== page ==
- Avoid cured meats – bacon, sausage and salami – which have the strongest toxic effects. Studies show they reduce longevity twice as much as nonprocessed meats. (Your gut turns the nitrite preservatives into potentially cancerous compounds.)
- Minimize charred meat. Blackened char on your steak can contain a carcinogenic family of compounds called heterocyclic amines – or HCAs – that form when meat is cooked over high heat. Slow-cooked meats – like six-hour brisket or osso buco – are healthier.
Your body needs protein and healthy fats. But there are plenty of vegetarian sources of protein. Fuhrman notes that 100 calories of broccoli has more protein than 100 calories of steak. (Feel free to stump your dietician with that one.) And avocados, nuts and fatty fish are good sources of saturated fat.
You may have seen the news that the saturated fats found in animal products are not the demons we once imagined. This remains a controversial point, however, with studies reporting conflicting results.
This is partly because most surveys are “retrospective,” relying on people to remember dietary details from the past. There have been very few lengthy, well-controlled “prospective” studies, in which large populations were followed in real time.
Healthy eating remains a lightning-rod issue. There simply is no scientific consensus about “the optimal human diet.” And “healthy eating,” like politics, is a subject where everyone is an expert.
But are we really?
According to Consumer Reports Health, 89.7% of American adults polled believe they eat a healthy diet. That’s tough to square with the fact that seven in 10 of us are overweight, one in three is obese and one in 25 morbidly so.
Some things we do know for certain. Sugar, white flour and refined carbohydrates are not good for you. But how much meat belongs in a healthy diet remains a contentious issue.
I experienced that firsthand a few months ago, when John invited me to New York City to hear him debate Nina Teicholz, author of The Big Fat Surprise, a book that claims we don’t eat nearly enough saturated fat.
Teicholz insisted that her only goal is the truth, that she “had no hypothesis.” Yet her book’s subtitle – “Why Butter, Meat & Cheese Belong in a Healthy Diet” – suggests otherwise.
She claims that red meat, cheese, eggs and whole milk are better for you than fruits and vegetables.
“Eat butter; drink milk whole, and feed it to the whole family,” she writes in her book. “Stock up on creamy cheeses, offal, and sausage, and yes, bacon. None of these foods have been demonstrated to cause obesity, diabetes or heart disease.”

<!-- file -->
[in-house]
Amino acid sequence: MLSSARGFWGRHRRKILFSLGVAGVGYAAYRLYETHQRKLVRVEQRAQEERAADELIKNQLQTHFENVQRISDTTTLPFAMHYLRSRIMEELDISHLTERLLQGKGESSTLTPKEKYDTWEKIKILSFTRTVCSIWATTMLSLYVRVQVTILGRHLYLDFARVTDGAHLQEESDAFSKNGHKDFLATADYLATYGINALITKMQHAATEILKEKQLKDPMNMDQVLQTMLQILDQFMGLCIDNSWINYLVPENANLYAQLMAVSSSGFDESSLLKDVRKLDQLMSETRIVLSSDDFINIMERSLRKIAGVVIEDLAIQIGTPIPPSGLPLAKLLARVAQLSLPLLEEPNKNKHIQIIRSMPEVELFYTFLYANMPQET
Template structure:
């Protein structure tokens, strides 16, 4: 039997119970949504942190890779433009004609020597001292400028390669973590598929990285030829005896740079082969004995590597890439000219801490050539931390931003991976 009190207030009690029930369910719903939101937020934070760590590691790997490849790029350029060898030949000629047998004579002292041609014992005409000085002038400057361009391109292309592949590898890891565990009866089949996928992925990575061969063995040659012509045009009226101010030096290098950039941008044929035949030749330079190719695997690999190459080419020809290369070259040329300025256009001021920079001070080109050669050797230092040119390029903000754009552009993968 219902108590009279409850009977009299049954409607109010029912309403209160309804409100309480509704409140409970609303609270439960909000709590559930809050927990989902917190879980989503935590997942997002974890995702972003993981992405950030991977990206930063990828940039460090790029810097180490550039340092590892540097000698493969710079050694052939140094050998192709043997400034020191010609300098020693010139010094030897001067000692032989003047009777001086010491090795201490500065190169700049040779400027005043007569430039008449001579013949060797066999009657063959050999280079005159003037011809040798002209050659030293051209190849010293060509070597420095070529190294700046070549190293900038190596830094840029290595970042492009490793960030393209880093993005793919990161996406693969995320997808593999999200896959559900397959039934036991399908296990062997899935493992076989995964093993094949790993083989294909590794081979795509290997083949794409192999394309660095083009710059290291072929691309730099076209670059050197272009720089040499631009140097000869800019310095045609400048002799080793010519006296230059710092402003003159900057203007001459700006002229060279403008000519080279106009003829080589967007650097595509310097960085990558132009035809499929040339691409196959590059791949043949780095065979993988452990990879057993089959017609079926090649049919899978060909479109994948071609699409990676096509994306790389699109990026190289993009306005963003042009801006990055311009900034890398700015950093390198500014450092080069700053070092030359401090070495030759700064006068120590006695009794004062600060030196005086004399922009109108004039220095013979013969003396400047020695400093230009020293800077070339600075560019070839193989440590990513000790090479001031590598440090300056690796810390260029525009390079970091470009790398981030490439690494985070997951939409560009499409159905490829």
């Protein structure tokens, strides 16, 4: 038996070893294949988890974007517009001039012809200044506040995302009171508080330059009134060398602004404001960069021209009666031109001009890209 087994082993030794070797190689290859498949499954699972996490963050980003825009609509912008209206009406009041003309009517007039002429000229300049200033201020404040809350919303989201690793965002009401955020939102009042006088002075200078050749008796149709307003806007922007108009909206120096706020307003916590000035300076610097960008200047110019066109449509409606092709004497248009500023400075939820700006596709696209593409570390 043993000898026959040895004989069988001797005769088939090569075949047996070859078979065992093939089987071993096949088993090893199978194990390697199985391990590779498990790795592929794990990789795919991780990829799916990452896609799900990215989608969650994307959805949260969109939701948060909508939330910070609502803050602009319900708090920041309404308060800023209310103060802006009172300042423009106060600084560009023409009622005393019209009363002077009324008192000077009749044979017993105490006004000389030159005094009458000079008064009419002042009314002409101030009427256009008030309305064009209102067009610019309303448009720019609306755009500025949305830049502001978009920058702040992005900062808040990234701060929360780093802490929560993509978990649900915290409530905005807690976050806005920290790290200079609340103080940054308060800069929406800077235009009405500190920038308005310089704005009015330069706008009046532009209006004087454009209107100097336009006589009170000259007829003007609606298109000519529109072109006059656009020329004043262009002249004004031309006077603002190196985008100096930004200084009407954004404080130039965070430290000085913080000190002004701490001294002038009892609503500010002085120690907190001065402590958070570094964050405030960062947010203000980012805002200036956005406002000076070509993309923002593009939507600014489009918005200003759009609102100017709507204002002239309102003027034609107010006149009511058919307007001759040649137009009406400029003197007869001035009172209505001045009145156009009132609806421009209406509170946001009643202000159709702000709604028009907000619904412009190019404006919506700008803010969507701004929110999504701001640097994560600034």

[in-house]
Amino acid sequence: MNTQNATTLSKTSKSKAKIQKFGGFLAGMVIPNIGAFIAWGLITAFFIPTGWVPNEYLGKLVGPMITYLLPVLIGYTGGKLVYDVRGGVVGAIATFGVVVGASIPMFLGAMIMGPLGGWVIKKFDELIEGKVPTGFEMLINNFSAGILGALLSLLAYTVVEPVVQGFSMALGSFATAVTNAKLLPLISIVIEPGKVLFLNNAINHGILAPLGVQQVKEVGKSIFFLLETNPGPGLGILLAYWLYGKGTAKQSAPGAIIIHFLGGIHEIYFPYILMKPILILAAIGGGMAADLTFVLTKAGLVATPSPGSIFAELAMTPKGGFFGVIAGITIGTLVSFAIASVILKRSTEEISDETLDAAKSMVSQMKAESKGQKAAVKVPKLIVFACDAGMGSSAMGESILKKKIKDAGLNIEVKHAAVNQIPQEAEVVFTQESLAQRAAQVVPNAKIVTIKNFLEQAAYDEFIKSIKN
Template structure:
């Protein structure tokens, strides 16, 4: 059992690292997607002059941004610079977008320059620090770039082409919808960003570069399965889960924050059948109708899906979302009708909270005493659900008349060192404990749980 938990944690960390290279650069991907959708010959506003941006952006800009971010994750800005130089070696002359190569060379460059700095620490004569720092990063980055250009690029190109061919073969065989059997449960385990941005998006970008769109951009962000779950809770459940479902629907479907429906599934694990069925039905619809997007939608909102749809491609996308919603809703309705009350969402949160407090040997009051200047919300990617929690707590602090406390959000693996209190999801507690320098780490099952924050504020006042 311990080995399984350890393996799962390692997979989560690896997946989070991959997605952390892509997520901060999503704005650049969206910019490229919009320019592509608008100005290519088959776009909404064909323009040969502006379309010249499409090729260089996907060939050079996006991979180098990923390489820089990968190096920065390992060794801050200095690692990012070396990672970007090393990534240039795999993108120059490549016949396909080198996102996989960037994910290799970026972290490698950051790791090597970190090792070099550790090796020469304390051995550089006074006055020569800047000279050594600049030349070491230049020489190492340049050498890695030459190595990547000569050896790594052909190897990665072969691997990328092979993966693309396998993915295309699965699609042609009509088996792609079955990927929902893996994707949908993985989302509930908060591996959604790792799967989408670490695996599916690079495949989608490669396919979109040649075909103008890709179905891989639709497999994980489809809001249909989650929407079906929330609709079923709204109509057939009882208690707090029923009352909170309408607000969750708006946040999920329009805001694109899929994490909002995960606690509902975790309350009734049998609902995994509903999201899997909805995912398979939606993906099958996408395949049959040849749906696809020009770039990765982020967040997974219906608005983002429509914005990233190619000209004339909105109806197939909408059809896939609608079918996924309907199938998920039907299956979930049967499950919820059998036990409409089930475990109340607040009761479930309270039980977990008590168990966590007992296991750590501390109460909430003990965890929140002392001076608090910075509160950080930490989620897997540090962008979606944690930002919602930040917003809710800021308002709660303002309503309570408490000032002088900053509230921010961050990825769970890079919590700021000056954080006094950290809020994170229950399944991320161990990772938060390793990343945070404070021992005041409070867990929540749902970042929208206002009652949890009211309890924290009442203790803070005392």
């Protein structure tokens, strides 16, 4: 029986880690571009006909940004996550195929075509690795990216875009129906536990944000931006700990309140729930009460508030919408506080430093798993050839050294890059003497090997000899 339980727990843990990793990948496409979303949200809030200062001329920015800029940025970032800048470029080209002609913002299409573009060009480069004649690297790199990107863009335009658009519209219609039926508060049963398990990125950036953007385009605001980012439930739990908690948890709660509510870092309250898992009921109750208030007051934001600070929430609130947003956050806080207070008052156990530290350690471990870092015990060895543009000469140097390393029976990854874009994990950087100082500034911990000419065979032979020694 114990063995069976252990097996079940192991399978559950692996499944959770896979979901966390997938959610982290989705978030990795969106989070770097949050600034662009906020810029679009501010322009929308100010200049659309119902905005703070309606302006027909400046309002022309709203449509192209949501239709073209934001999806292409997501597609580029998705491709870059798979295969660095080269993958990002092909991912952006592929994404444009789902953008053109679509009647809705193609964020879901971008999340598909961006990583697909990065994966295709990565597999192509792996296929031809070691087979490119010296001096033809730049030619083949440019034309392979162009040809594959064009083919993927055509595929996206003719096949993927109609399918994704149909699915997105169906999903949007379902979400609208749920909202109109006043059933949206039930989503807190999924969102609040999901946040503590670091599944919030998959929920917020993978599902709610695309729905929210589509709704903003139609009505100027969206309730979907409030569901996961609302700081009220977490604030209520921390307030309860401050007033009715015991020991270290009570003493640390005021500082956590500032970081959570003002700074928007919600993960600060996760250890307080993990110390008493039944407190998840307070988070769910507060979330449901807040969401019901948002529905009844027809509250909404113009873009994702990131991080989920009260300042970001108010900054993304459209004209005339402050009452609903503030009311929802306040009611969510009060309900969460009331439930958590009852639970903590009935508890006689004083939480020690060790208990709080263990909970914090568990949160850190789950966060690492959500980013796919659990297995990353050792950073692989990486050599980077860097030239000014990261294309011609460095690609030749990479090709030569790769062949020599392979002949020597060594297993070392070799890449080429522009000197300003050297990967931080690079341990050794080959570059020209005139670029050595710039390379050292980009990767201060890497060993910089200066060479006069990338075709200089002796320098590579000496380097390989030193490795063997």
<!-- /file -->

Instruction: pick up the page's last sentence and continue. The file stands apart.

As a serious meat and cheese lover, I would love to believe those words. But bacon and sausage are more nutritious than a salad? I don’t think so.
I wasn’t the only one unpersuaded. A poll taken before and after the debate showed that John – a passionate advocate of a 90% plant-based diet – moved more members of the audience to change their points of view.
Afterward, John and I crossed the street to have a glass of wine at the Sofitel and celebrate his victory. In the lobby, I bumped into Dr. Fuhrman, who had also attended the debate.
Since I hadn’t seen him in a few years, I took a moment to tell him how he had changed my approach to eating, that I was 90% of the way to adhering to his system. (I meekly conceded that I did generally have a piece of meat at dinner most evenings.)
“Most nights?” Dr. Fuhrman said, shaking his head. “Then you really aren’t 90% of the way there. You shouldn’t eat more than eight ounces of meat a week.”
“Eight ounces… a week?”
I realized my guru was taking me to the woodshed. I still wasn’t doing it right. (And it probably wasn’t a good time to confess that I generally order the 12-ounce filet at my local steak house.)
I have great respect for Dr. Fuhrman. I have learned so much from him. Time may prove that he has identified the very healthiest way to eat.
In the meantime, I’ve opted for a slightly shorter, somewhat unhealthier life… with gravy.